California DB Elijah Hicks (No. 254 overall)
N.C. State P Trenton Gill (No. 255 overall)

 

The Bears did well to turn their six picks into 11 by trading back, stockpiling selections to round out their roster. That alone makes this a better class than expected. And they got off to a good start by taking Gordon and Brisker in the second round – two immediate starters and two of the better defensive backs in the class. Robinson also has a chance to start early on. VelusJones is an older rookie at 25 years old, but he’ll contribute right away as a receiver and punt returner.

 

Los Angeles Rams

Wisconsin OG Logan Bruss (No. 104 overall)
South Carolina State CB Decobie Durant (No. 142 overall)
Notre Dame RB Kyren Williams (No. 164 overall)
UCLA S Quentin Lake (No. 211 overall)
Georgia CB Derion Kendrick (No. 212 overall)
Montana State DE Daniel Hardy (No. 235 overall)
Kansas State S Russ Yeast (No. 253 overall)
Michigan State OT A.J. Arcuri (No. 261 overall)

 

The Rams were already behind the eight ball after trading first-, second- and third-round picks for Matthew Stafford and Von Miller last year, so their initial selection came at No. 104 overall. They addressed their two biggest needs right away with Bruss and Durant, who could be Day 1 starters. Kendrick is a good value in the sixth, and Williams gives Sean McVay another playmaker in the backfield.

 

Minnesota Vikings

Georgia S Lewis Cine (No. 32 overall)
Clemson CB Andrew Booth (No. 42 overall)
LSU OG Ed Ingram (No. 59 overall)
Oklahoma LB Brian Asamoah (No. 66 overall)
Missouri CB Akayleb Evans (No. 118 overall)
Minnesota DE Esezi Otomewo (No. 165 overall)
North Carolina RB Ty Chandler (No. 169 overall)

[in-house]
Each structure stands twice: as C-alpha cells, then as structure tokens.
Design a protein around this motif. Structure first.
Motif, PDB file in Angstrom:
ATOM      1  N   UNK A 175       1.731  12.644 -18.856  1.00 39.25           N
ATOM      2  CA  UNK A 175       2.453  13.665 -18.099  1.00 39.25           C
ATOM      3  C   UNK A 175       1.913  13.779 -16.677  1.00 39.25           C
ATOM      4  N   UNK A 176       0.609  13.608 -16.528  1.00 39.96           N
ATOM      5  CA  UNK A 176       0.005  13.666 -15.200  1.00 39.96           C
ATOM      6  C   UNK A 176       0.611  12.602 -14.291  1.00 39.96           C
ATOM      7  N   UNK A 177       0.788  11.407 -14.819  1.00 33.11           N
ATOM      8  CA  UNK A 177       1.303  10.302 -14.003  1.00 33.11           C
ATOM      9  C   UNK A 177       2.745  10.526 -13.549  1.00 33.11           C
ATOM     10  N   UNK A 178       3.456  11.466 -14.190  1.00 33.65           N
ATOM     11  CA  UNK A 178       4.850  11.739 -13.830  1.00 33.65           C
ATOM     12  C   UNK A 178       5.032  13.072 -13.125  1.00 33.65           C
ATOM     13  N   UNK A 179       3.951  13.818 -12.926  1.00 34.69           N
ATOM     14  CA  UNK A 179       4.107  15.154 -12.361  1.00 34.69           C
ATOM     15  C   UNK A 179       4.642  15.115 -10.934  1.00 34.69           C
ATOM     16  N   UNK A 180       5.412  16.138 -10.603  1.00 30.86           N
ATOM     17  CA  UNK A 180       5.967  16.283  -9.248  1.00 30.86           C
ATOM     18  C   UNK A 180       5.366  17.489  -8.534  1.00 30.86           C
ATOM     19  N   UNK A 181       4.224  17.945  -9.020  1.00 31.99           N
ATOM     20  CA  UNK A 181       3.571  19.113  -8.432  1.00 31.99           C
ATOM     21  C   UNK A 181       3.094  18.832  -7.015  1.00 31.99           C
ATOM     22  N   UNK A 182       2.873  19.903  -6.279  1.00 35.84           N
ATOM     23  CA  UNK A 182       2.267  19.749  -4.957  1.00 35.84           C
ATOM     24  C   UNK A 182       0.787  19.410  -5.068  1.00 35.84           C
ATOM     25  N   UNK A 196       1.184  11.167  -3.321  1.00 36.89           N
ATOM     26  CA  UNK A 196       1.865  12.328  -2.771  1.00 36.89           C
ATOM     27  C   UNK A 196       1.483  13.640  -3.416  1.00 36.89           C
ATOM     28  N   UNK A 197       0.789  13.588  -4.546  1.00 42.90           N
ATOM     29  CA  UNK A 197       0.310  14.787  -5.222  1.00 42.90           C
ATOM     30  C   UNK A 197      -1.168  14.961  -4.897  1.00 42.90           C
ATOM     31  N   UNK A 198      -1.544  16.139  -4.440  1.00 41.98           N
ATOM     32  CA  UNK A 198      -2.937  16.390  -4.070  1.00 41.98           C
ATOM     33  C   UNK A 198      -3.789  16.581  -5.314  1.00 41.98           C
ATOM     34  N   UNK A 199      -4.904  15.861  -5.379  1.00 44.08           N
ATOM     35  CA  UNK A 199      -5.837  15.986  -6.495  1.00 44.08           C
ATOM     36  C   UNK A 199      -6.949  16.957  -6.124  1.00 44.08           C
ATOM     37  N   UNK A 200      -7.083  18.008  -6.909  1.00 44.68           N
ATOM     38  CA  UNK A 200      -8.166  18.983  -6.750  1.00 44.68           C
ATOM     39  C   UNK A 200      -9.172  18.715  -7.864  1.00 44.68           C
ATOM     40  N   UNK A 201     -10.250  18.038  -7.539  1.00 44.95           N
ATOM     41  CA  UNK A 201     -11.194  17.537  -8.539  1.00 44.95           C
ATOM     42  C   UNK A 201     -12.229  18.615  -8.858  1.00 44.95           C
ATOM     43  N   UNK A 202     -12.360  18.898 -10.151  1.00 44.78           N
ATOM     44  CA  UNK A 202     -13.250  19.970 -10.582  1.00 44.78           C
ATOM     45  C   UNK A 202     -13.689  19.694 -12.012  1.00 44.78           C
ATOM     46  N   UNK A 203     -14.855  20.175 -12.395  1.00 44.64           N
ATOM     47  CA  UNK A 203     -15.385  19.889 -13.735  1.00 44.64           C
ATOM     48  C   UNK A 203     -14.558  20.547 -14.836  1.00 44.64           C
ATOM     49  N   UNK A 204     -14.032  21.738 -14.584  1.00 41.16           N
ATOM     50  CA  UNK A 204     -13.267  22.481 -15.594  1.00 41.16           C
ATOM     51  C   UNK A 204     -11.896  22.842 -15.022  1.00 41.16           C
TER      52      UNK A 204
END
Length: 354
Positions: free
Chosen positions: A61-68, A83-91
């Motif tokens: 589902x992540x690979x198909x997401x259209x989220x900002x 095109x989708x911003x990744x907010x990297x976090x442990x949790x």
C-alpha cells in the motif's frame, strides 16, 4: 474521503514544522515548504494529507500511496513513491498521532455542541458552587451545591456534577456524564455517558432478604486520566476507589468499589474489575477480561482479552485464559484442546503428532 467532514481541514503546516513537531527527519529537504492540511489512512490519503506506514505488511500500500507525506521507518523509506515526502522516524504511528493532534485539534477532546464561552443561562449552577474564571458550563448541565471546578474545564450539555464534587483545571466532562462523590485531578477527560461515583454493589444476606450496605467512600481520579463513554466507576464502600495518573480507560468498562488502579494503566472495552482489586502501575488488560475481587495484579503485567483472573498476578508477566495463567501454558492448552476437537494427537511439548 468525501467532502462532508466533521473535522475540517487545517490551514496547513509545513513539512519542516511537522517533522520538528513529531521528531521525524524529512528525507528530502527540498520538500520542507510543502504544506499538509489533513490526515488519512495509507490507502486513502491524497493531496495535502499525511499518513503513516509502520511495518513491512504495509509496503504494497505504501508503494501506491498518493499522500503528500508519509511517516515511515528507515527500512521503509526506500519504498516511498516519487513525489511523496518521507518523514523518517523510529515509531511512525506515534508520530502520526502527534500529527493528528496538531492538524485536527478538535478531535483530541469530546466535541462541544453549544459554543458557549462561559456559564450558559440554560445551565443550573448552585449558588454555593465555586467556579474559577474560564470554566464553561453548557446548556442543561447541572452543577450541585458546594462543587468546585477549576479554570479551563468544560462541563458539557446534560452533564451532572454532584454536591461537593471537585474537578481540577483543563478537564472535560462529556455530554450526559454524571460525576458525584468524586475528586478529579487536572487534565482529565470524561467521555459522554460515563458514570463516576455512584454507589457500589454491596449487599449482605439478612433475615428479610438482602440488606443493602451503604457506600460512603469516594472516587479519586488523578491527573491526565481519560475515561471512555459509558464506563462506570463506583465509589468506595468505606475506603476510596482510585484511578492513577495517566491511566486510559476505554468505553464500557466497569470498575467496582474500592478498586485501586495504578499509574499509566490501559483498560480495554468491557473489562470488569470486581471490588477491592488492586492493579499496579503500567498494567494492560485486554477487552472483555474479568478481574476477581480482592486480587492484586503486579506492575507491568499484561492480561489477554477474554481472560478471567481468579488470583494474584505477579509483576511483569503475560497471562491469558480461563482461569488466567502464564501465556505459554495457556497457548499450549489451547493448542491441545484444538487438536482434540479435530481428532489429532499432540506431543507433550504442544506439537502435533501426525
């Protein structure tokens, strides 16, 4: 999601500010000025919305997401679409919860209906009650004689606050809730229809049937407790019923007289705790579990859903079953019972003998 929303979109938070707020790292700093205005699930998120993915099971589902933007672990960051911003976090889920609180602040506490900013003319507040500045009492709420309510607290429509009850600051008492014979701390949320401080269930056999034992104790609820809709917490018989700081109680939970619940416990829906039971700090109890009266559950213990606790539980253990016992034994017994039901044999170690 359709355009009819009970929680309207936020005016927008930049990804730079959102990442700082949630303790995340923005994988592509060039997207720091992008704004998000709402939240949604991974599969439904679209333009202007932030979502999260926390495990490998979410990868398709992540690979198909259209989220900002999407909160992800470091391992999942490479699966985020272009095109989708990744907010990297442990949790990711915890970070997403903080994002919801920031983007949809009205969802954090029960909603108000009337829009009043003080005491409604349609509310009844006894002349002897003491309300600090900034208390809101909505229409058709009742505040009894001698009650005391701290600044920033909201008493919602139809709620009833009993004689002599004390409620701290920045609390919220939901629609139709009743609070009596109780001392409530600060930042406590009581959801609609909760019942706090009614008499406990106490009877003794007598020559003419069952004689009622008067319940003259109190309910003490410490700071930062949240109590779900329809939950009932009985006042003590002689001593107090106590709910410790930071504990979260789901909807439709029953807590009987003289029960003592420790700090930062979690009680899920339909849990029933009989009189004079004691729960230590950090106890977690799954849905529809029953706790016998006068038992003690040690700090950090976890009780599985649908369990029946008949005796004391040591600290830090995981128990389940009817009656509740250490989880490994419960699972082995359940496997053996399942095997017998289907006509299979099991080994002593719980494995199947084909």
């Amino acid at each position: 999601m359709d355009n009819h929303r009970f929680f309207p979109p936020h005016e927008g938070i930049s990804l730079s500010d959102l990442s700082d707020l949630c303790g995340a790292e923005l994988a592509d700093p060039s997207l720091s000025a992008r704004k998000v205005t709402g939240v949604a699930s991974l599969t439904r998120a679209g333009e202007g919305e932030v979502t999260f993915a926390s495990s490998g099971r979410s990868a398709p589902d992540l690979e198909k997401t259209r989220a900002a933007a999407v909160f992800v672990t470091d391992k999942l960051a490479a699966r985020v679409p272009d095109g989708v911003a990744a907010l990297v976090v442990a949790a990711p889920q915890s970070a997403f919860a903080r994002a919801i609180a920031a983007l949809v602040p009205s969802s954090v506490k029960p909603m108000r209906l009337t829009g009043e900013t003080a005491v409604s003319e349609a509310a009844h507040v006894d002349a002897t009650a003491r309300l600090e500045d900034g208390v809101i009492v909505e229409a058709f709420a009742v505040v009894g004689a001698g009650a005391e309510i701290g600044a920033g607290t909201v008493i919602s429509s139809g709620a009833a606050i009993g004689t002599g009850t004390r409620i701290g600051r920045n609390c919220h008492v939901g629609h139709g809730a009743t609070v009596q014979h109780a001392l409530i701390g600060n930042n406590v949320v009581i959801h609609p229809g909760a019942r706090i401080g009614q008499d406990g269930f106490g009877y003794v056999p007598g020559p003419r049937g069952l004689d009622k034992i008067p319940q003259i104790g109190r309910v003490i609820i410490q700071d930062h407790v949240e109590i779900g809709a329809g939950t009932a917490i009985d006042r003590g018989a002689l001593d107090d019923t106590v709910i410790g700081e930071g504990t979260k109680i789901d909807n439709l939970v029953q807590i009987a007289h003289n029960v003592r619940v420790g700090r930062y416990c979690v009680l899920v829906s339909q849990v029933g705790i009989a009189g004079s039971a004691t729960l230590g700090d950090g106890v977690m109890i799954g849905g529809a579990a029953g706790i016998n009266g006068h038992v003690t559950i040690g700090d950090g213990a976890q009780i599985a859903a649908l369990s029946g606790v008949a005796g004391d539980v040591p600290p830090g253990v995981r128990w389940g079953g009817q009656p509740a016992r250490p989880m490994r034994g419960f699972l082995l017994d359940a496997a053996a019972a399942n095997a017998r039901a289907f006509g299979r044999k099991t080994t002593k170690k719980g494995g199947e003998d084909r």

Illinois OT Vederian Lowe (No. 184 overall)
Michigan State WR Jalen Nailor (No. 191 overall)
South Carolina TE Nick Muse (No. 227 overall)

 

Cine snuck into the first round as one of the best safeties in the class, and he’ll immediately make an impact in the secondary for new coach Kevin O’Connell. Booth shores up the cornerback position, and Ingram looks like he should be a future starter either next season or the following year. Asamoah is a do-it-all, playmaking linebacker who can rush the passer and drop back into coverage as an off-ball defender.

 

San Francisco 49ers

USC Edge Drake Jackson (No. 61 overall)
LSU RB Tyrion Davis-Price (No. 93 overall)
SMU WR Danny Gray (No. 105 overall)
UTSA OT Spencer Burford (No. 134 overall)
Toledo CB Samuel Womack (No. 172 overall)
Fordham OT Nick Zakelj (No. 187 overall)
UCF DT Kalia Davis (No. 220 overall)
Penn State CB Tariq Castro-Fields (No. 221 overall)
Iowa State QB Brock Purdy (No. 262 overall)

 

Jackson was a good value near the end of the second round, but then the 49ers took another running back with Davis-Price in the third round – hardly a position that needed to be addressed early on. Gray’s speed should get him on the field often as a rookie, and Burford adds depth to the offensive line, being able to play either tackle or guard at the next level.

 

Seattle Seahawks

Mississippi State OT Charles Cross (No. 9 overall)
Minnesota Edge Boye Mafe (No. 40 overall)
Michigan State RB Kenneth Walker III (No. 41 overall)
Washington State OT Abraham Lucas (No. 72 overall)
Cincinnati CB Coby Bryant (No. 109 overall)
UTSA CB Tariq Woolen (No. 153 overall)
Ohio State Edge Tyreke Smith (No. 158 overall)
Rutgers WR Bo Melton (No. 229 overall)
Lenoir Rhyne WR Dareke Young (No. 233 overall)